Boris Sans Beatrice (2016) | In Competition | Berlinale 2016
Director: Denis Côté
Cast: James Hyndman, Simone-Elise Girard, Denis Lavant, Isolda Dychauk, Bruce LaBruce
Drama | Canada
In upmarket Montreal, Boris Malinovsky is a successful company director and an alpha male. Tall and striking, he struts around his lushly landscaped country house in hand-tailored suits – but something is wrong. His wife isn’t speaking to him: a valued politician in the Canadian government, she has retreated to a darkened room suffering from a mental problem. But Boris doesn’t realise: he is the problem.
Denis Côte’s foray into psychological drama is a stylishly photographed and peerlessly framed affair that gets to the heart of alpha manhood with clarity and aplomb. Telling its simple story in a series of slick tableaux, straightforward narrative is not over-talky or complicated by subplots; but it holds our attention on its macho anti-hero and his bare-faced arrogance, drawing us into the plot by the strength of its compelling visual power and a dynamite central performance from James Hyndman. But like Hitchcock, Denis Cote is masterfully in control of his film, the look and visuals worked out months in advance of filming.
While his wife is on leave, Boris is keeping himself company with a beautiful blond (Dounia Sichov plays Helga) and the bedroom services of his wife’s Russian carer (Isolda Dychauk) until he gets a strange message from a man who wishes to meet him, offering friendly advice. This stranger is none other than Denis Lavant who who appears out of the darkness, like a God from a Greed tragedy, warning him to play fair if he wants his wife back. Haunted by flashbacks of Béatrice (elegantly played by Simone-Elise Girard) in happier times together, Boris has an emotional crisis: but his massive ego won’t let him believe that he’s wrong or that his flagrant flirting is creating distance from his wife, his daughter and his mother. But this uber man isn’t all bad: strength and single-mindedness have helped him achieve success; he badly needs the women in his life and realises that to get the women he really needs back- he must change.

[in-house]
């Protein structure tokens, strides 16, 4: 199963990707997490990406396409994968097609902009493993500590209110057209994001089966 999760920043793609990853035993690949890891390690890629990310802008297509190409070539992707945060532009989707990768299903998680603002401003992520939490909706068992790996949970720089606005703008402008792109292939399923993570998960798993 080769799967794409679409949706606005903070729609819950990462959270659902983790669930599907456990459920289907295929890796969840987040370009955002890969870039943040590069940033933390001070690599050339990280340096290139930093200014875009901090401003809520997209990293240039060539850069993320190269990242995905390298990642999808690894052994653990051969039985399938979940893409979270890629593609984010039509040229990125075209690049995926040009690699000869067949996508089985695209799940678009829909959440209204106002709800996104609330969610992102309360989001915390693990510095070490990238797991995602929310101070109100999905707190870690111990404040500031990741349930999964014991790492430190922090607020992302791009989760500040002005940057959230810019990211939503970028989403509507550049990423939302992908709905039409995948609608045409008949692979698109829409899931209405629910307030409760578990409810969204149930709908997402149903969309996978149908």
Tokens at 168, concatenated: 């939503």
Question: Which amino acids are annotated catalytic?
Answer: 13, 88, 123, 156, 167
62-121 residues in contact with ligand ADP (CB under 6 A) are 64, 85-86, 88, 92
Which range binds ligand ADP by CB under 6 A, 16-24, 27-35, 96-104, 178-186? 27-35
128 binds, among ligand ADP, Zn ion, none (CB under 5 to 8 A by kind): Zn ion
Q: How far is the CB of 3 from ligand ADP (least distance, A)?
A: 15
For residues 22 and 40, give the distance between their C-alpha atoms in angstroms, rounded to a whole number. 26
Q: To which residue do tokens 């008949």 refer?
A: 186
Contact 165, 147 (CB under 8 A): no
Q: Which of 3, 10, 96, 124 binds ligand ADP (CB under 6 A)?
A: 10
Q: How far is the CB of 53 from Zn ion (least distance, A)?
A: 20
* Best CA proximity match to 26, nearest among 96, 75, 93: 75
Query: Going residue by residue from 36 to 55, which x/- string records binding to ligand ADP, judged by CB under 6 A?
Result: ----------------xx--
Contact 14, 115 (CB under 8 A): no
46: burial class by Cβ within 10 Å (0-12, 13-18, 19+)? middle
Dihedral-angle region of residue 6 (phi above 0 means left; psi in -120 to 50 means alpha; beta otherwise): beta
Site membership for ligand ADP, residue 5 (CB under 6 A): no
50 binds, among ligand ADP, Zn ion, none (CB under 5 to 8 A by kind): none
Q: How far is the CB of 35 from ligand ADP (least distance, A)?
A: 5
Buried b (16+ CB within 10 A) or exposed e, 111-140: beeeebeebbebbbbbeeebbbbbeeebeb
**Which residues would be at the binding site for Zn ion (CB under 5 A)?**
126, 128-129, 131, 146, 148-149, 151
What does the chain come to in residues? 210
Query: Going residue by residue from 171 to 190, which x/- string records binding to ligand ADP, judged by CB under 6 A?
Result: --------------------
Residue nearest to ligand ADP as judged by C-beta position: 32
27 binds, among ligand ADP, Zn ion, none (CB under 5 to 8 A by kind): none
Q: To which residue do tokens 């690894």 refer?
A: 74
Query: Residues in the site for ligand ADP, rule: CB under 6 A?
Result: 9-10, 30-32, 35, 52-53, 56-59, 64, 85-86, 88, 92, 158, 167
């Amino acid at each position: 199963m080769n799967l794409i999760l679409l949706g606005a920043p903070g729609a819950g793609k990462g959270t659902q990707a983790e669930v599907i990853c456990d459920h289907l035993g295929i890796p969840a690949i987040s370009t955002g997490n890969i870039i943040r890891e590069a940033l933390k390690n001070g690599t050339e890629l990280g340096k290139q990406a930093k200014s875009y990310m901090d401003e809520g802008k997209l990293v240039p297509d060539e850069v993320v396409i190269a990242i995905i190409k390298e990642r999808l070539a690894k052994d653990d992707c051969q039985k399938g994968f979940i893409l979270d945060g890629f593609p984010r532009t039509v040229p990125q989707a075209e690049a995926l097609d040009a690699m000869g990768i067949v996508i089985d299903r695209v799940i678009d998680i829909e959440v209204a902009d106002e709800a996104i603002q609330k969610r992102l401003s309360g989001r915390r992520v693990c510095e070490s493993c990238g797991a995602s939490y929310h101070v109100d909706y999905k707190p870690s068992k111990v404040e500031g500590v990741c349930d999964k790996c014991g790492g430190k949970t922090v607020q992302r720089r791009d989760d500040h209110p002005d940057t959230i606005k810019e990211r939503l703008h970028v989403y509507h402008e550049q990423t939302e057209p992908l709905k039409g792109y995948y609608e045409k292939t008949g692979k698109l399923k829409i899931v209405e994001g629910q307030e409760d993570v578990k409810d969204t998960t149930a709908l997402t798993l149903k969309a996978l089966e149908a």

Côté collaborates with a predominently female team: Jessica Lee Gagné’s sparkling cinematography makes this a multi-textured visual feast and Louisa Schabas’ with production design offers a mesmerizing zen like feel to this absorbing character crisis. Combining satirical precision with some elegantly rendered mise en scenes, Côte takes a long look inside the mind of a man who is forced to admit that business success is not the only way to Nirvana. Gradually dismantling Boris’ character, Côté tells a tale of human redemption with acuity and panache. MT
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